As reported on mlive by Mike Wilkinson of Bridge Magazine, serious questions remain as to whether Detroit will be able to survive its historic Chapter 9 Bankruptcy.

Detroit has the distinction of the murder capital of the U.S. and is also the most populous U.S. city to ever seek bankruptcy protection. But, the real questions are:

Can Detroit make it after it emerges from Chapter 9 Bankruptcy?

Does the city generate enough money to fix what ails Detroit if billions in debt are cut? Are the city’s costs too high? Does it pay its workers too much? Are pensions too generous? Can the city endure a reduction in both spending and revenue and revive what is by most measures the most dysfunctional large city in America?

Theoretically, Detroit doesn’t suffer from a revenue problem. It has huge tax sources from casinos, utilities and income taxes. Moreover, Detriot gets the largest chunk of the Michigan’s revenue sharing. But, the only gambling taxes have remained stable.

But, property and income tax revenues are falling like a rock. Moreover, revenues alone do not a budget make. Cities hire workers, buy materials and provide services that cost, in places the size of Detroit, billions of dollars.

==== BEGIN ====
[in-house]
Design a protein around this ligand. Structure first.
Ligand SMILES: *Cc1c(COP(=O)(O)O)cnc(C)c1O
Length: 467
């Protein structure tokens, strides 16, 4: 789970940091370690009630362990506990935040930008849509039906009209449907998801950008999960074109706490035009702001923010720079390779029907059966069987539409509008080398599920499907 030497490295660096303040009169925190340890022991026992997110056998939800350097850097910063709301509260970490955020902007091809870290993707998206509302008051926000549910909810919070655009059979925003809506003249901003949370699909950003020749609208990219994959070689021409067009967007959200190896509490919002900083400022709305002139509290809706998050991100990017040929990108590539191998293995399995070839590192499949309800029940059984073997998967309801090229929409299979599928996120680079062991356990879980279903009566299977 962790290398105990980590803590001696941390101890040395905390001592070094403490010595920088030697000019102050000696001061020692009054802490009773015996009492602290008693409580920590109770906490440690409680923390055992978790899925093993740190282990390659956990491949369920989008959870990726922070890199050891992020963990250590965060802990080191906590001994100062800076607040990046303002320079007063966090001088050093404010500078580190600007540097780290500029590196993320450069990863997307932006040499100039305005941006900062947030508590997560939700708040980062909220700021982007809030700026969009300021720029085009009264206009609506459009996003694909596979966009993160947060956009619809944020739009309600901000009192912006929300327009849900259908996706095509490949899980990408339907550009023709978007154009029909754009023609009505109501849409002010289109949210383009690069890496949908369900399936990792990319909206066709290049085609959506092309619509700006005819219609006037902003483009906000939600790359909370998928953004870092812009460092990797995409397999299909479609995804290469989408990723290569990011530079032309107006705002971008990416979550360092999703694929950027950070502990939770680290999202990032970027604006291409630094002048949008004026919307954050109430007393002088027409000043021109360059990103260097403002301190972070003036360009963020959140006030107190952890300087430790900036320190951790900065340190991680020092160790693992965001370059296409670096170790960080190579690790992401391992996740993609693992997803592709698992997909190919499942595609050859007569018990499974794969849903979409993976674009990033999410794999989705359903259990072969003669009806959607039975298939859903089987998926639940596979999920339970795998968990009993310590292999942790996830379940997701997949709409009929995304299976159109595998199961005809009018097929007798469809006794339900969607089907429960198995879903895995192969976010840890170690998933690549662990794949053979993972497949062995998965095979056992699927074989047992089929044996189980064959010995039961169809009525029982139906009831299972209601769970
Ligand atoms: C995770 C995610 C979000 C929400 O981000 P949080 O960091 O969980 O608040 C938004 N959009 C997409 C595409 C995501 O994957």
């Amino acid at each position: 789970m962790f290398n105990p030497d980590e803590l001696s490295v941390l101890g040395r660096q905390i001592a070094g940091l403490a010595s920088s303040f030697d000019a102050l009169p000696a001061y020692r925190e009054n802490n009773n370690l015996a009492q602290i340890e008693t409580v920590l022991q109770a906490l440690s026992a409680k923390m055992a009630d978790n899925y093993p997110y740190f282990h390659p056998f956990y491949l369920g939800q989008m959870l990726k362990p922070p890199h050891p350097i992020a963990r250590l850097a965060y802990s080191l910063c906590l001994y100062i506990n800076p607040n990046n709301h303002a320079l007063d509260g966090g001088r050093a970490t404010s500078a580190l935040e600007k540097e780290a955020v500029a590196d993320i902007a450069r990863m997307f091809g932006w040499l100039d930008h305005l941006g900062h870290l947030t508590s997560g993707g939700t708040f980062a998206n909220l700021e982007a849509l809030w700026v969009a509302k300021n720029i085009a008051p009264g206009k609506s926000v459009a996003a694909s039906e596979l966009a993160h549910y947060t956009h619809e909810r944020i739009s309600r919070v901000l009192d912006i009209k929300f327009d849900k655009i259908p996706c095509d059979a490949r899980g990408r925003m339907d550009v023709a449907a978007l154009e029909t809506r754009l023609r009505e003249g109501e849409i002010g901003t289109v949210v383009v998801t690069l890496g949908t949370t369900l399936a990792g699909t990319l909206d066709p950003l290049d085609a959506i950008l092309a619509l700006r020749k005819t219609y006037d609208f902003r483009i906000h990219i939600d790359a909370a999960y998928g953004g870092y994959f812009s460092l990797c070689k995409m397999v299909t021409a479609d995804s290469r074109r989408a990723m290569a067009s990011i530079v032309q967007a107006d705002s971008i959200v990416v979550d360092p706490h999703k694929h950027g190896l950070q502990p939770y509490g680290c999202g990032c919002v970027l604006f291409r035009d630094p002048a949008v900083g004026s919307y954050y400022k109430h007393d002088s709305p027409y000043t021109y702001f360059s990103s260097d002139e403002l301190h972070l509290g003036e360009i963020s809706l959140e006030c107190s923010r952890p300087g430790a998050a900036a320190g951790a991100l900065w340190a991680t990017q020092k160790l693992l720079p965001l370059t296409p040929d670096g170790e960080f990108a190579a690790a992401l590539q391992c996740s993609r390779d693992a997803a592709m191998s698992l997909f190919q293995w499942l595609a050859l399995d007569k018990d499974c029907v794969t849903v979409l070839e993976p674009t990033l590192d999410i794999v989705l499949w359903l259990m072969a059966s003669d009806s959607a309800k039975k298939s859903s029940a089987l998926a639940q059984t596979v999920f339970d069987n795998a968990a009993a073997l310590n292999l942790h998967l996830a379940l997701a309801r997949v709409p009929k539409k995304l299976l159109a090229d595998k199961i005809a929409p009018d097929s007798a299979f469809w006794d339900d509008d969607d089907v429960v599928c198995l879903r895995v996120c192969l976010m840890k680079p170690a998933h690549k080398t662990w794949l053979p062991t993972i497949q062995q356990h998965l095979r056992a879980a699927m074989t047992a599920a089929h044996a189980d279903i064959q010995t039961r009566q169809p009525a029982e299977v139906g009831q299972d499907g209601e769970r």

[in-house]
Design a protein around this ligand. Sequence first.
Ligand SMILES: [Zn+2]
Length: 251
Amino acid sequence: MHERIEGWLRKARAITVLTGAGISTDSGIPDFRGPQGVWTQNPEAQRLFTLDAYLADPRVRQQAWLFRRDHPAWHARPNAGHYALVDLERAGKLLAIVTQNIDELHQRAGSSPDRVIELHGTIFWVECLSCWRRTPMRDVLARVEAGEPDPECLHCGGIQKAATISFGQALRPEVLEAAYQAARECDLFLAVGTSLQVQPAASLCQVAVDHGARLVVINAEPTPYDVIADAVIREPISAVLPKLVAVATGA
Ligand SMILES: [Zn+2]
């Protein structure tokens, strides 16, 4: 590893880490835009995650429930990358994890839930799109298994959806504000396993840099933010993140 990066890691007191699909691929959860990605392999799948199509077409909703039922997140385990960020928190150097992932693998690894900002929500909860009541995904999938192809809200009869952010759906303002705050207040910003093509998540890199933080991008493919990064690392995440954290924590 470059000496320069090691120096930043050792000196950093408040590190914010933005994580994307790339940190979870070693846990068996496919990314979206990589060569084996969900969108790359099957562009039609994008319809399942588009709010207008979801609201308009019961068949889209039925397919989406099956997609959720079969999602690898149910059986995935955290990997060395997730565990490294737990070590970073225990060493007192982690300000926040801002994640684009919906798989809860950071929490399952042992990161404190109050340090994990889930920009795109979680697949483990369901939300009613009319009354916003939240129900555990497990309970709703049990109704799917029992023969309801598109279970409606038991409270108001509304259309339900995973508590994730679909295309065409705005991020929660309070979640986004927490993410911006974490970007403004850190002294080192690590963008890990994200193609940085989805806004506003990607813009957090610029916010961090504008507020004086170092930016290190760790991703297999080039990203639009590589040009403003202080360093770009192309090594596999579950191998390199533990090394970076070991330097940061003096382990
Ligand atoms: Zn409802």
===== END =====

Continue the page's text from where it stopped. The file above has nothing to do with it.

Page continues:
While revenues are falling, operating expenses and legacy/pension costs will bury Detroit in debt in perpetuity. Many experts who have studied Detroit’s fiscal troubles are based on the the degree to which the city’s pension and retiree healthcare plans are underfunded. For decades, Detroit failed to fund these plans during its glory days, leaving the pension fund short $3.1 billion.

Even worse – is the fraud or mismanagement with some pension proceeds. And in an effort to address the pension debt, the city made more bad financial moves, like borrowing $1.4 billion in 2005 and 2006 to shore up the funds. The loan became a fiscal millstone when the city agreed to an interest-rate “swap” to ensure low interest rates. When it backfired, it created an additional annual payment of $50 million.

More disturbing is the city’s $4.3 billion commitment for retiree health care. By comparison, Los Angeles, a city six times larger than Detroit, has a $5.5 billion health-care bill. But L.A. has put aside more than $3 billion. Detroit, at the time of its 2009 comparison to Los Angeles, had set aside just $25 million.

To work, a city has to grow and for any significant growth, a city has to be attractive. To be attractive the city has to fix its mess. Only time will tell what will happen to Detroit – and the future of cities like Flint and Saginaw – the “mini” Detroit’s to the North – hang in the balance – which is tilting the wrong way. These cities need to offer more than a liquor store on every corner, “buy here, pay here” auto lots, resale shops and pay day loan stores.